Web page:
I would like to use a buck converter between a 12V DC power supply and my RPi4, and found this car power supply to be appealing. It claims to step down from 12V to 5V 3A, which is almost the same as the recommended power supply for RPi 4 (5.1V 3A).

Would the 0.1V difference matter? The RPi4 I have is loaded with sensors and the like and I am worried if the 5V 3A would be "underpowering" the Pi.


  • Ah, I always set my PSU to 5.25V, without any problems.
    – tlfong01
    Commented Nov 24, 2020 at 2:41

3 Answers 3


3 Amperes would almost certainly be more than sufficient power for your RPi. As @Milliways has pointed out in his answer however, an issue that you should be more concerned with is the performance of the power supply: How will it perform in my project, and has it been designed and produced properly? This is the point of my answer:

It is not clear to me why anyone deals with the junk traders that infest Amazon, eBay and the other well-known online retail outlets. The power supply you have found is being sold by complete morons, and possibly designed and built by more of the same! Yes - harsh language, but consider the facts... the facts are available in the car power supply link provided in the question. Consider this:

  • this item has no specifications for line or load regulation - what happens to the output voltage if the input voltage changes, or if the load changes?

  • what are its thermal characteristics? What are the operating temperature limits? Will it need a heat sink to keep it in a safe operating area? How does the output voltage vary over a range of temperature?

  • what happens if the output is shorted - does it have any protection built in?

  • I call this item "junk" because virtually no specifications were provided. Further, the "sellers" seem to be clueless; e.g. the Input Voltage spec is given as:

DC 6.3V-22V (12V 9V)

What does that even mean?

Fortunately, there are alternatives; you don't have to buy from ignorant fools in Internet retail cesspools. There are numerous outlets that sell electronic components online, at reasonable prices, designed and built by competent organizations, with specifications you can rely upon. Here are two examples, but there are many more available for the cost of a search.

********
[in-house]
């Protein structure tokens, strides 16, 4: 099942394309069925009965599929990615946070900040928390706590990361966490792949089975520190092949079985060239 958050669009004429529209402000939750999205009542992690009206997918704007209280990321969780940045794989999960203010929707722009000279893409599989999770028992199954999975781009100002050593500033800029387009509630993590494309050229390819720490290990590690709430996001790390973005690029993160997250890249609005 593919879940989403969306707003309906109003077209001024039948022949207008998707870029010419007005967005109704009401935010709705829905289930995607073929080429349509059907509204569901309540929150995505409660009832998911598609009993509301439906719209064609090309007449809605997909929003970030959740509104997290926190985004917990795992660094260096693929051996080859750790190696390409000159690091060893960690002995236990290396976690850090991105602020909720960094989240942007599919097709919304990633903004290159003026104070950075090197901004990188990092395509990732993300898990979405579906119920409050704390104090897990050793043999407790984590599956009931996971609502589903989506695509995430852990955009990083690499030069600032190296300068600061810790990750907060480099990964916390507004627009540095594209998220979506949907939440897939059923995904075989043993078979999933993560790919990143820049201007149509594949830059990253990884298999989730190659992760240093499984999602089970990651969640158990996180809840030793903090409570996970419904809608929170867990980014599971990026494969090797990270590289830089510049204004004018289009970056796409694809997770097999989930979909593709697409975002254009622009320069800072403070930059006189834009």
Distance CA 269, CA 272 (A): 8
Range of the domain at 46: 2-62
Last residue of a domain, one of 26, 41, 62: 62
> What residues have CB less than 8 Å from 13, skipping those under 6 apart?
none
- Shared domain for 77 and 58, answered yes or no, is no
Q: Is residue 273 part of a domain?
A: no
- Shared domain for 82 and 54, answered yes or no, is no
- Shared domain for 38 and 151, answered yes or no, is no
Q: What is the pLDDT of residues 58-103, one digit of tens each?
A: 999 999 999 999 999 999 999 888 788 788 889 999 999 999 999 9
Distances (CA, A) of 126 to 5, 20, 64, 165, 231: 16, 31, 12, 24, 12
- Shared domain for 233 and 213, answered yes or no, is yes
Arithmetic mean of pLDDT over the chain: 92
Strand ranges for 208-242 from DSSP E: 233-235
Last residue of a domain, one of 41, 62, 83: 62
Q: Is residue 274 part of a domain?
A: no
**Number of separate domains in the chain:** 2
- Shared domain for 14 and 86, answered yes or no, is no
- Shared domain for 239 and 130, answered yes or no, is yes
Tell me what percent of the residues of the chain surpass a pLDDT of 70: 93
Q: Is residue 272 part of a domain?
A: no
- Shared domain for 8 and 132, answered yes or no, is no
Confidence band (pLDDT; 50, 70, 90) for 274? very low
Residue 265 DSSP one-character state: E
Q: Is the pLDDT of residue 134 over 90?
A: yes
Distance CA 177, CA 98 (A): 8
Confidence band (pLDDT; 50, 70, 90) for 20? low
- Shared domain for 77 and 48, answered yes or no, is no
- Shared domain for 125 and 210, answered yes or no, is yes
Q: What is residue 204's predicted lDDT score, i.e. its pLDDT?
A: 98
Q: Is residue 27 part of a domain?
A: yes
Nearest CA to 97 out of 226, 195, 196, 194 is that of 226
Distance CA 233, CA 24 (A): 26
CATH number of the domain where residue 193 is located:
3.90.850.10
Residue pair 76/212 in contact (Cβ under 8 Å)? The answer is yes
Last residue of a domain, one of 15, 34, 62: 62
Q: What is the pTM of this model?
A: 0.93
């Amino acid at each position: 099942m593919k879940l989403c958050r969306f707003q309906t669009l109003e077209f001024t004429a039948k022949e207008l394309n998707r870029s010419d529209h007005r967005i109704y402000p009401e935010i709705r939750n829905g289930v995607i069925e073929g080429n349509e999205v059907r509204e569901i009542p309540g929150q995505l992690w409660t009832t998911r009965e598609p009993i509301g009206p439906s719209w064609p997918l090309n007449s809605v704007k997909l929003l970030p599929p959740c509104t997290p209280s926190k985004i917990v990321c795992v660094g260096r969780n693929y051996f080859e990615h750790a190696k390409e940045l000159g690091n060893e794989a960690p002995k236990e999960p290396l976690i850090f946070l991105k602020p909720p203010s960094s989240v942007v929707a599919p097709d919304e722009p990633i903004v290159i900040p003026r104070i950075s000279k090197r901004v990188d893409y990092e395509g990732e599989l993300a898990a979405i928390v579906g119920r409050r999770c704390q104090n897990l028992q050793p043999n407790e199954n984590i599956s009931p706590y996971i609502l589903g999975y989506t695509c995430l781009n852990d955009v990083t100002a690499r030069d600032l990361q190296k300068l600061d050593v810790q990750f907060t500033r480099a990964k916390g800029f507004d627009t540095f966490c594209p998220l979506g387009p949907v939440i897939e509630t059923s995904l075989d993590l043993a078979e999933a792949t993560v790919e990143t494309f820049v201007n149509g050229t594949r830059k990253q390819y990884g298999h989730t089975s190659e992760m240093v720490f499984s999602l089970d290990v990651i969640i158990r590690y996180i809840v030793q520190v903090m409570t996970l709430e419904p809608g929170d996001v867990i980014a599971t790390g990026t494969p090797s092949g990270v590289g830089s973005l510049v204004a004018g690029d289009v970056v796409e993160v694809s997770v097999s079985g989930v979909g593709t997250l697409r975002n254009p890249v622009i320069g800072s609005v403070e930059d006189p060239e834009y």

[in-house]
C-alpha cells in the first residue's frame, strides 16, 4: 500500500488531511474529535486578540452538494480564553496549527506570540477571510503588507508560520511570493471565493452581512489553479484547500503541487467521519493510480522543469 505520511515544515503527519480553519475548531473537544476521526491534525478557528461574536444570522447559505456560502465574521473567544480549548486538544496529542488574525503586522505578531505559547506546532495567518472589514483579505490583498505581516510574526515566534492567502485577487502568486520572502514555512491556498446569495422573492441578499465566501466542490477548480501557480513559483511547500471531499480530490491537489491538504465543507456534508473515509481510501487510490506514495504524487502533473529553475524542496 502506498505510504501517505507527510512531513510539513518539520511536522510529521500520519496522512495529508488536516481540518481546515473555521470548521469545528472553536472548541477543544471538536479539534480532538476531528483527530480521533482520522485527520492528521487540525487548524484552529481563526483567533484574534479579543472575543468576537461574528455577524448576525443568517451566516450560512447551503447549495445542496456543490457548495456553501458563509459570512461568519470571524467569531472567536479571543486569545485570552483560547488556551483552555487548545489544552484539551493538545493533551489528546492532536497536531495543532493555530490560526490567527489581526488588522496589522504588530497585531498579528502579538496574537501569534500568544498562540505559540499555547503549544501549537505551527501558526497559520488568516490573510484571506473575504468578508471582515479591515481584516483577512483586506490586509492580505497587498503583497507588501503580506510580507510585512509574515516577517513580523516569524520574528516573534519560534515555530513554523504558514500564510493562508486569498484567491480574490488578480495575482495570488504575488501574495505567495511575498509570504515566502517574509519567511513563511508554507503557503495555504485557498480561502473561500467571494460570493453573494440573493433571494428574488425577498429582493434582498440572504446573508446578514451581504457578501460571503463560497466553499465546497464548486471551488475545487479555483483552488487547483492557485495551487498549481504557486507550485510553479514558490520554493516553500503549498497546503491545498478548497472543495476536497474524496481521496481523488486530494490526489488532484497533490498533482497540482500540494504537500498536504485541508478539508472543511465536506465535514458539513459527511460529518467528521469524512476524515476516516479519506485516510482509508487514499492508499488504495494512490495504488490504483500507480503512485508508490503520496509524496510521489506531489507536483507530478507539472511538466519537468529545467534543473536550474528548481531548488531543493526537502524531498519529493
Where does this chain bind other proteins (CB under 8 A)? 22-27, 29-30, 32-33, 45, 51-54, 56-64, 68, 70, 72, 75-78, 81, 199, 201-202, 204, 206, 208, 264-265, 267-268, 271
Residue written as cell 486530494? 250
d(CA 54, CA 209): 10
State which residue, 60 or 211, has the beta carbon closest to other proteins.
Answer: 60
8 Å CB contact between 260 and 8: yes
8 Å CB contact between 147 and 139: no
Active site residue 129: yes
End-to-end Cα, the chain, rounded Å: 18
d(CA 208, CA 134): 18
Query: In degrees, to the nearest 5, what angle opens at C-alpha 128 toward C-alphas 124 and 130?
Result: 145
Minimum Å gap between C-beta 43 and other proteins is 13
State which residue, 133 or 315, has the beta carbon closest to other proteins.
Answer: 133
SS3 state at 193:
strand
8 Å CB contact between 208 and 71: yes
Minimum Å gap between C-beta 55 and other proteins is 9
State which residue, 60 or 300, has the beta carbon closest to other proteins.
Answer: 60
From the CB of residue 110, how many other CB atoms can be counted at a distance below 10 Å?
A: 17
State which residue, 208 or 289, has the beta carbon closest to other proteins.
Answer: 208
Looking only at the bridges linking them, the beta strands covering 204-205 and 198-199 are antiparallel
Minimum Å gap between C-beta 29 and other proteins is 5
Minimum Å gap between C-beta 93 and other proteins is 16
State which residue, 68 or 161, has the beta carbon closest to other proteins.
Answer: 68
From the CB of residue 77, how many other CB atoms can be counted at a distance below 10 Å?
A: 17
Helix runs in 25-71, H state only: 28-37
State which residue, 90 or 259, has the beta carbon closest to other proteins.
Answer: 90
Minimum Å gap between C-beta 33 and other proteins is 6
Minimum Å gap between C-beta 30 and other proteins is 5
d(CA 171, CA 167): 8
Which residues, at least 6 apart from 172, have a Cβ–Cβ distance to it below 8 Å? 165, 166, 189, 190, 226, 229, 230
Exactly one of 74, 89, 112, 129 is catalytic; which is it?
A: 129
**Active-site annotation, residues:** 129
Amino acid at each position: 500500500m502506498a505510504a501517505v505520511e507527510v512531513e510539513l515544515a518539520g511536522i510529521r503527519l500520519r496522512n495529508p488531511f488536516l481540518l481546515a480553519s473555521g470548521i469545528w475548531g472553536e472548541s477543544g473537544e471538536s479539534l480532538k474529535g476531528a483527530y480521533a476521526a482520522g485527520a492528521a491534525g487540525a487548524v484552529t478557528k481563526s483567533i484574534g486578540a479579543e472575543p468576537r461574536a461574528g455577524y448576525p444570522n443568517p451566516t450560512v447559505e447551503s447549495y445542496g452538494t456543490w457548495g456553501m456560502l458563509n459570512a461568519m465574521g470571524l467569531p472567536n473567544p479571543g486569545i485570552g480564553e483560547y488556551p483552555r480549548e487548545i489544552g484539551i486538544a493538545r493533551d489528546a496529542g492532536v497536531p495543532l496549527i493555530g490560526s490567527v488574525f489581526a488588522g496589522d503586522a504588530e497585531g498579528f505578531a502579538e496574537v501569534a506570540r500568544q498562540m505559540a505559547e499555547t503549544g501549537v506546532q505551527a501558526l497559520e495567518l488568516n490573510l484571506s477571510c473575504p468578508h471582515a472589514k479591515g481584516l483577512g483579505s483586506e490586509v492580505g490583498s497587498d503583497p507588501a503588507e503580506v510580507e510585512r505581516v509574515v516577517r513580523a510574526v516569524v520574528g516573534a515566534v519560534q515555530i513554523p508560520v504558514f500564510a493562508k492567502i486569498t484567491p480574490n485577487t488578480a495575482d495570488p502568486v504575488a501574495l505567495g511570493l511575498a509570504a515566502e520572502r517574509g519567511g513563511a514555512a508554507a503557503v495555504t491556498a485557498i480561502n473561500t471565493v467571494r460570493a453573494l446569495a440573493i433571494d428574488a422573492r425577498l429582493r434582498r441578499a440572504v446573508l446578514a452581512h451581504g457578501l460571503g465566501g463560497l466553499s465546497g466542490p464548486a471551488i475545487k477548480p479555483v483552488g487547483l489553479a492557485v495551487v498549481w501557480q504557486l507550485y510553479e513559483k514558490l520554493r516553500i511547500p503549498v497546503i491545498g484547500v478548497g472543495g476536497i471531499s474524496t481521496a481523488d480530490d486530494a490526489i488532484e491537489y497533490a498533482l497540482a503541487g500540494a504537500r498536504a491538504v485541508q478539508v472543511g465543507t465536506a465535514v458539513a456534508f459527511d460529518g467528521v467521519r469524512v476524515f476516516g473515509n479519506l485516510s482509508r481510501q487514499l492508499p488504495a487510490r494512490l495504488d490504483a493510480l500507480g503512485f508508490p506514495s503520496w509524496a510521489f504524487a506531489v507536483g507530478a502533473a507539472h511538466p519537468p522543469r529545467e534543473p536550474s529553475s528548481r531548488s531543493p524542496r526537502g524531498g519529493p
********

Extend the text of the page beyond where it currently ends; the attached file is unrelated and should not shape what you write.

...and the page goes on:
• If you want something small (~11mm2 footprint; could be integrated into a case for an RPi), inexpensive ($6.99 for QTY 1), with full specifications, an I2C interface (RPi-to-power supply comm & control?), and more. The datasheet also provides some application notes & other information to support integration. Here's one place to buy this part.

  • If you want more modular, less DIY this unit has a footprint of approximately 2" x 3", and full specifications. It's a bit more expensive - $14.95 from this source.

These are only two examples - there are thousands more. You can easily find reputable vendors selling quality products - all it takes is a free search. You are of course free to trade with anyone you wish, but a smart buyer will shop around. Learn to recognize quality.

  • So much wisdom in one post! Your answer helps people think:) Thank you. Commented Nov 25, 2020 at 14:40

The absolute maximum rating of the Pi power converter chip is 5.45V. This must include any transient voltage peaks, noise, measurement errors, safety margin etc. Going over this limit will not necessarily destroy the Pi, but it will be a gamble.

E.g. if you are able to measure the voltage with 0.05V precision and your DC-DC converter regulation precision is 0.2V, you can safely set the output voltage to 5.2V maximum. Setting it to 5V provides a 0.2V safety margin, which is good to have, but keep in mind that the lowest possible voltage will then be 5-0.25 = 4.75V, which is just 0.1V above the Pi's undervoltage limit (4.65V).

If you can measure the voltage drop in the wires when the Pi is idle (lowest current consumption), you can compensate for it by increasing the output voltage by the same amount. That's typically around 0.2V with adequate wires. In my example above that would mean the target voltage range on the power supply side should be set to 5.1-5.4V, depending on whether you prefer a safety margin for overvoltage or undervoltage.


The official power supplies (which have attached cables) are set above 5V to allow for the inevitable voltage drop in the cable, even though these have decent wiring.

Use of most USB cables is more problematic, as they use inadequate wire. They work for their intended purpose (which is generally to charge batteries) and the voltage drop is not a major issue.

Power sources SHOULD provide 5±0.25V but many of these buck converters have poor regulation. You would need to confirm that the units you are proposing are adequate - the "documentation" is limited.

The best thing you can do is to place the converter as close as possible to the Pi and use heavy gauge wiring, as short as possible.

See Raspberry Pi Power Limitations

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